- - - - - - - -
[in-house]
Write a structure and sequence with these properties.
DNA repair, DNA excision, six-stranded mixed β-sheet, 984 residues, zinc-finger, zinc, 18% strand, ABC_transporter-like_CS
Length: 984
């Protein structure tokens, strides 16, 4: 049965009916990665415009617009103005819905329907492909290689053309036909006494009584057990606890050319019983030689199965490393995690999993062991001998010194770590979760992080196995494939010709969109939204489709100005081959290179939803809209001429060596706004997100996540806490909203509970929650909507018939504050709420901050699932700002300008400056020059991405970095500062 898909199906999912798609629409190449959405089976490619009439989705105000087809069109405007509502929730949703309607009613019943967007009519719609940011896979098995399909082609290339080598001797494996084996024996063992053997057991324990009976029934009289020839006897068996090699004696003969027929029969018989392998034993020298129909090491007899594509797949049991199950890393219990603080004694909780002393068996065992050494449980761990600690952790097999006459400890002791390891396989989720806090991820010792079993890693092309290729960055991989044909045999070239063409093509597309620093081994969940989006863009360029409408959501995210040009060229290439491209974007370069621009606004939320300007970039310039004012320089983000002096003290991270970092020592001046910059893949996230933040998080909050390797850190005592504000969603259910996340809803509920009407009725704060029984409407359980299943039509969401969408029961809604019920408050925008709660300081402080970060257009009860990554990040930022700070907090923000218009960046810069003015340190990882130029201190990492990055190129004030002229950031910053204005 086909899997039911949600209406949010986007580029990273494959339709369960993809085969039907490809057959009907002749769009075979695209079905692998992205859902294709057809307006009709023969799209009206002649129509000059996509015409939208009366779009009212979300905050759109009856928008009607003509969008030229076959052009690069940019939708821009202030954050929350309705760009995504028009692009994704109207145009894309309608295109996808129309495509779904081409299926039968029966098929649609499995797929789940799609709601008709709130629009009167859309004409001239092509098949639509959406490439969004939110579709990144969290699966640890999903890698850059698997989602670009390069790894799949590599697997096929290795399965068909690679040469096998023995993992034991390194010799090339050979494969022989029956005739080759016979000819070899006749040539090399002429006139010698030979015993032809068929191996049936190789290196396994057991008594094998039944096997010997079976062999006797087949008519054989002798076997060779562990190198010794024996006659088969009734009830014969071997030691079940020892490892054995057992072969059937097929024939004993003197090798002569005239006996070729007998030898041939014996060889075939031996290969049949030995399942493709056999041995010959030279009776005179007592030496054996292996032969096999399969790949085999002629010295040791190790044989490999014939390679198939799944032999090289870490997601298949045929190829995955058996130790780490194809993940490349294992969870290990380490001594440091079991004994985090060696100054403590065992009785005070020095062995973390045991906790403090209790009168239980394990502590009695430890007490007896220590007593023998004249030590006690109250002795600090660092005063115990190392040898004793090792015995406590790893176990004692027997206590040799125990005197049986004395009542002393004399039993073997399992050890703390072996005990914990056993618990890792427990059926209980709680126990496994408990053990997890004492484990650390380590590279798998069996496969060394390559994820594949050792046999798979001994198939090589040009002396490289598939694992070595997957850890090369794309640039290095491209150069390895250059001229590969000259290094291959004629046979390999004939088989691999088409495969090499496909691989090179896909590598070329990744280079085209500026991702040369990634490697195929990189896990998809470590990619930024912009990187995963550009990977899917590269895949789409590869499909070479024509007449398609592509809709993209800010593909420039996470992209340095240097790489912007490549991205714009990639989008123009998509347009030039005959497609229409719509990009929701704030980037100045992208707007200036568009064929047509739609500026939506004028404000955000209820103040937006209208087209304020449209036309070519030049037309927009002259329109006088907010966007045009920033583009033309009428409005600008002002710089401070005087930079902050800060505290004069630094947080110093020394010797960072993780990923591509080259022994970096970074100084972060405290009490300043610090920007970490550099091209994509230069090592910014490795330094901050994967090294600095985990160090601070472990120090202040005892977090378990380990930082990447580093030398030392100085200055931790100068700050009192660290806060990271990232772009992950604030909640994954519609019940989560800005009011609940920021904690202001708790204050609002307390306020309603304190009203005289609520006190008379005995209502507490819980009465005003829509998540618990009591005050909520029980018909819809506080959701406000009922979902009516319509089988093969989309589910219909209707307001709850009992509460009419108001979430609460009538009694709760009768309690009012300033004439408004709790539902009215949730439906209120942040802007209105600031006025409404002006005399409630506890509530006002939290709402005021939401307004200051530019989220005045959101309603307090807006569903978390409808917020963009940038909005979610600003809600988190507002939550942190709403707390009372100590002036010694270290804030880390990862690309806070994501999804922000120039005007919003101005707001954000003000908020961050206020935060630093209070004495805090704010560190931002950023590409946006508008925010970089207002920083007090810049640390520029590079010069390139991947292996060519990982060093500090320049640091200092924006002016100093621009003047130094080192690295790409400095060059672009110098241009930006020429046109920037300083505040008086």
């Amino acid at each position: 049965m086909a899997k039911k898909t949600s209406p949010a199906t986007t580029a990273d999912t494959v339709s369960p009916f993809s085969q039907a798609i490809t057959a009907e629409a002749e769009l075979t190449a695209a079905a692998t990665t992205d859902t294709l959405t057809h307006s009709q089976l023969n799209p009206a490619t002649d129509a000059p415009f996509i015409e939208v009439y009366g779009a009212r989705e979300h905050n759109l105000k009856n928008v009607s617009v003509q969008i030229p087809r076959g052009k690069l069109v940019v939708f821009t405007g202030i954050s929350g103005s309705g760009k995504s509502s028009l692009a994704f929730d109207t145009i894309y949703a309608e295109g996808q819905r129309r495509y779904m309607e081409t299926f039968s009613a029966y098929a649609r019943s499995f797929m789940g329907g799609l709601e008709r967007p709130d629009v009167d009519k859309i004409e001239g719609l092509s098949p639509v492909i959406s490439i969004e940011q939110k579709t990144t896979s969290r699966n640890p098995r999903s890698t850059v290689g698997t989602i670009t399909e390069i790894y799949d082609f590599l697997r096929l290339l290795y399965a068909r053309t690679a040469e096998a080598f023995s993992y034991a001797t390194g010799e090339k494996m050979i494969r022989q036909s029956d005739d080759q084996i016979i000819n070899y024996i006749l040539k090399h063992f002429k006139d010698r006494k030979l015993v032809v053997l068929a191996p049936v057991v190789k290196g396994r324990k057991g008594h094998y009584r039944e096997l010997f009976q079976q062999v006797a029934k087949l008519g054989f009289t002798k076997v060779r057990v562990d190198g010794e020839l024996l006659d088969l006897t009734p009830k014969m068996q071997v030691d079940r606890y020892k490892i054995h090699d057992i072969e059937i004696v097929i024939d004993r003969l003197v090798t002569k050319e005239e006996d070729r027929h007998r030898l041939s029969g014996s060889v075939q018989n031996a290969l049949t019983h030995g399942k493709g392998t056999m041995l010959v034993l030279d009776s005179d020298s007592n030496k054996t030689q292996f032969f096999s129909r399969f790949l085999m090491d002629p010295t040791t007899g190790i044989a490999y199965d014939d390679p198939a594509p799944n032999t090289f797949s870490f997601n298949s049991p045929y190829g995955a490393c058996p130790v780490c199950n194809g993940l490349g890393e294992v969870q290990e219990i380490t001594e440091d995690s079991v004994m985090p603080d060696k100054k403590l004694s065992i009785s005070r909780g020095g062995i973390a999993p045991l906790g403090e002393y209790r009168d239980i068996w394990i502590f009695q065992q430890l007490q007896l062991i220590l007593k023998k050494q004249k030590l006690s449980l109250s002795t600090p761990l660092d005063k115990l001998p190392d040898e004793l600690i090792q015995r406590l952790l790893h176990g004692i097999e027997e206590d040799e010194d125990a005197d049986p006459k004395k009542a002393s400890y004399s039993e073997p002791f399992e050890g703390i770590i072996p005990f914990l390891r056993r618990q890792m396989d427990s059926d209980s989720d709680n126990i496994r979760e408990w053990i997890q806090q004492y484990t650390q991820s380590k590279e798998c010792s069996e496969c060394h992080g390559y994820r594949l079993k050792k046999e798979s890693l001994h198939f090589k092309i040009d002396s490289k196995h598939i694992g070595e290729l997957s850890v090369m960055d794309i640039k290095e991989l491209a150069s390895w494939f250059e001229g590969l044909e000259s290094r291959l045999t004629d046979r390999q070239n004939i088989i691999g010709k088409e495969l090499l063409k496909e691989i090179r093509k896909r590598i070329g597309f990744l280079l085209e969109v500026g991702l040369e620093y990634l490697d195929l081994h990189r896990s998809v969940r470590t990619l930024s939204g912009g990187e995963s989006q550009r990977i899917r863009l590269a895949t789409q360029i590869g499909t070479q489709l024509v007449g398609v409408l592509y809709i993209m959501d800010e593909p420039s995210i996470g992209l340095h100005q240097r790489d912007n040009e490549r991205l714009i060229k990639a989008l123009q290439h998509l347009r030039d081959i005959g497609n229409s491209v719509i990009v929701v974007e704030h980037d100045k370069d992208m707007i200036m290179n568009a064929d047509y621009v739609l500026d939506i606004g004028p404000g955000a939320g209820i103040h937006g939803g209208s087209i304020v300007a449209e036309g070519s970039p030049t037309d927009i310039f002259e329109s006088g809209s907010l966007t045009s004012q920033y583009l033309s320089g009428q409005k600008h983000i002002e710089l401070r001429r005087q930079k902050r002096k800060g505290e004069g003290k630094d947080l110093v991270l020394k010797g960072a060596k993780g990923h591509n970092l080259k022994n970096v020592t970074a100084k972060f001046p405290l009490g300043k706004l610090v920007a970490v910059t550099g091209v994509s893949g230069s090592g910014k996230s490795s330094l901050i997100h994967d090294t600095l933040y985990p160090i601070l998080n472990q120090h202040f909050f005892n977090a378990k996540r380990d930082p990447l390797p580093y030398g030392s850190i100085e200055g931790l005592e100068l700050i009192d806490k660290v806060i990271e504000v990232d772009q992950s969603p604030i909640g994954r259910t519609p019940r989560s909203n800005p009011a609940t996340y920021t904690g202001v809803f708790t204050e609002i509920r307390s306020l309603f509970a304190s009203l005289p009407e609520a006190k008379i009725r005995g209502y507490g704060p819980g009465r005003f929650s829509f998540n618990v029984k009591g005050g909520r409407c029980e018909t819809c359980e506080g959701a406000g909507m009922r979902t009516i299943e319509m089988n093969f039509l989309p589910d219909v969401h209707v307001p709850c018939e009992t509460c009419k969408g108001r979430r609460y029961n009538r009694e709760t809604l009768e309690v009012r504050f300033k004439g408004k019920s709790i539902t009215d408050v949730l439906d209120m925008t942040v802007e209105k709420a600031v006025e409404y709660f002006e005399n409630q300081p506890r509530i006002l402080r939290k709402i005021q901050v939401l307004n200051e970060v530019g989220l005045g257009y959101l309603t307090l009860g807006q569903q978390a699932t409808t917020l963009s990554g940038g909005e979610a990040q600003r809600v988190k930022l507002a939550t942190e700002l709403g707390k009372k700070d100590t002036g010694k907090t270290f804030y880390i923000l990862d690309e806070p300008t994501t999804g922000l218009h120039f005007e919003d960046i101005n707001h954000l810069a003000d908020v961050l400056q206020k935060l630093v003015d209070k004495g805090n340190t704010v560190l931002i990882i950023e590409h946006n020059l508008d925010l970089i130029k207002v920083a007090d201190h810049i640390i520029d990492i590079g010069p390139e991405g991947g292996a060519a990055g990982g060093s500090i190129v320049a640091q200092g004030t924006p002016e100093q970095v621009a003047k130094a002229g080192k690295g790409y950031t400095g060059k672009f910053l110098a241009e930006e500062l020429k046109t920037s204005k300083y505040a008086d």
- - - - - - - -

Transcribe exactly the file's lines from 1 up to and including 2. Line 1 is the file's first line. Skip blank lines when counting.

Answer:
[in-house]
Write a structure and sequence with these properties.